Mark Hall took over from the HMRC’s larger-than-life former CIO Phil Pavitt at the end of last year, prior to that he’d been working as deputy for two years.
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“Working with Phil Pavitt was the best possible apprenticeship anyone could have. As deputy CIO I was running the day-to-day IT,” he says.
“He’s left a strong IT environment foundation. He did a lot of work to fix IT and move things forward. Now I am working around the business strategy towards where we are going.”
“I want to build on his legacy, while also recognising the world is changing. Even since Phil left the world’s moved on.”
Digital by default
One key area will be the move to an entirely digital business, he says.
"We are starting to look to transforming to a fully digital business over the next five to seven years. This is the biggest transformation HMRC will go through."
Mark Hall, HMRC CIO
“We’re looking at how we can provide a better experience for the customer. We are increasingly looking to [move to being able] to interact [with the public] in one place.”
He says the strategy is about aligning IT to the business through a move to digital. “We are making a big transition in terms of how we are thinking about HMRC as a digital business. At the moment we have 250 services online. The next stage is to have an end-to-end digital business. We still have a large amount of paper, for example.”
One move is to create a portal for businesses called ‘My Tax’ “We have self-assessment, but the move is to turn completely paperless,” he says.
Digital will provide a better overview of the customer, and where they are in the tax process – providing better information for the customer and allowing HMRC to see who is bending and breaking the rules, he says.
“Historically we’ve taken a waterfall approach to agile development. We are working closely with the Government Digital Service (GDS) about the use of different suppliers and ways of working.”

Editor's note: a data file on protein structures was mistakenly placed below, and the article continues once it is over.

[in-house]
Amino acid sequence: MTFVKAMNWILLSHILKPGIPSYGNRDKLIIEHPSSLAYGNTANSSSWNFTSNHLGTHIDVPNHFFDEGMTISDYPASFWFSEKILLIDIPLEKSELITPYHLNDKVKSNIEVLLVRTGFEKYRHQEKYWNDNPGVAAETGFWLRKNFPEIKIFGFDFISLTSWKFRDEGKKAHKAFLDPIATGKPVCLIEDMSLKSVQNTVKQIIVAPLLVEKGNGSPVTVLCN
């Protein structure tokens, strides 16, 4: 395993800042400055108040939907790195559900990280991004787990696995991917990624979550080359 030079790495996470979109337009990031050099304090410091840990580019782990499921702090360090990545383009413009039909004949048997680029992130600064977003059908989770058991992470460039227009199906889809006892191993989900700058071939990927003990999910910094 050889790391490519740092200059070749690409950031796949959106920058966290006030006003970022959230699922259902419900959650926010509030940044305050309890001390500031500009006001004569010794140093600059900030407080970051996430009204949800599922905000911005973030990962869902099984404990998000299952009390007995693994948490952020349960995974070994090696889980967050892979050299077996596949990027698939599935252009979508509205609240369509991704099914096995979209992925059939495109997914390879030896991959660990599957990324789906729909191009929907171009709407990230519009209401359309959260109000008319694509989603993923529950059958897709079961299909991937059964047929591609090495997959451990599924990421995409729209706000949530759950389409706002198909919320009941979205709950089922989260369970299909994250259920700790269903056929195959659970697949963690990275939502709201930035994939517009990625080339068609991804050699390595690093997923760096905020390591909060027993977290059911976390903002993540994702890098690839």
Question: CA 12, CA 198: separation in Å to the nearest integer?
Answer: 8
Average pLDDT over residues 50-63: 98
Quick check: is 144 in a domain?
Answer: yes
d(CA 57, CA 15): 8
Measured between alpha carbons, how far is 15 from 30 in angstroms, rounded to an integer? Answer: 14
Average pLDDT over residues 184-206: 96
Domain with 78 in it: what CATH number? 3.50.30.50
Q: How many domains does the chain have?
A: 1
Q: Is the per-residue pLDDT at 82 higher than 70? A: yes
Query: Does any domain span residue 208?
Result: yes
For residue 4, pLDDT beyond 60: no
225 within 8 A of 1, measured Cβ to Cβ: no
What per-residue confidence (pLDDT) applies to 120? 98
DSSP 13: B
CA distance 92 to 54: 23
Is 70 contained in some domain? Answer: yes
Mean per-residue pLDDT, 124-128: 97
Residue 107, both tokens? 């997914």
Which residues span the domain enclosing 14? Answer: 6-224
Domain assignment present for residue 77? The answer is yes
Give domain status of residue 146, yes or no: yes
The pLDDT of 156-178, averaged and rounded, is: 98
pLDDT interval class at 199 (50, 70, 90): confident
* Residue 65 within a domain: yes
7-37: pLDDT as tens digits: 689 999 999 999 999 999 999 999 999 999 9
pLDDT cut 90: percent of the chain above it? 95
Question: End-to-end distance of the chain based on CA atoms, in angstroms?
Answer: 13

“The world of digital brings the IT and business together and is a key driver for that ‘one conversation’ [rather than them sitting in silos].”
Migrating from legacy
HMRC is undergoing a big decommissioning programme over the next three years, as part of moves to re-balance the department’s IT ahead of its Aspire contract with Capgemini expiring in 2017.
“We are working around sourcing, with Aspire due to end in 2017, Phil had already done a lot to introduce competition. My piece is to work toward 2017, how do we build capability internally, commercial, business analysis, digital capability, agile?” The new model will involve a mixed economy, rather than one big contract, he says.
“As part of our decommissioning, we want to transform the infrastructure.”
The plan will see the department switch as much of its legacy off as possible, and consolidate much of its existing infrastructure. “We will look at re-platforming to newer technology.” The move will include more virtualisation, he says.
A big benefit of the consolidation programme will be cost savings, he says. The department will take out around £10m per year with this approach.
Is a greater move to the G-Cloud part of the plan? “G-Cloud is something I can’t speak highly enough about.” He says the department is already doing a lot with file and print storage through work with G-cloud company Skyscape, moving it’s storage in each of its offices to the cloud.
As companies are increasingly producing more mature software-as-a-service offerings that could be used by HMRC, he says the department will be looking to use more applications through the G-Cloud.
“We are moving away from legacy, heavy-lifting. We are looking at collaboration," he says. “Through consolidation, you make things easier for users. If you can streamline things you can make it a richer experience. “We are looking at the front end and how that is developed with the user in mind.
HMRC is also looking at how it can use behavioural analytics for compliance and greater customer insight.
The department's risk and intelligence IT system, handles around one billion items of data and is one of the key systems the department is looking to enhance. Connect will allow a lot more analytics to move upstream to process, looking at the transformation in real-time and checking fraud and error, he says. The programme will see a major delivery in October.
Cabinet Office chief operating officer Stephen Kelly is keen to elevate the function of the CTO across government, and is reported to view the CIO as a less important in the transformational IT agenda. Hall says the role of CTO within HMRC is not centralised, with the role split between several functions.
But with an increasing emphasis being placed on the CTO, where does he see the role of the CIO in future? “I’m very comfortable with the emerging model, I can understand and support the agenda.”
He believes the role of CIO is a key business-facing function.
“The CIO’s core role is to bridge business activity and IT.”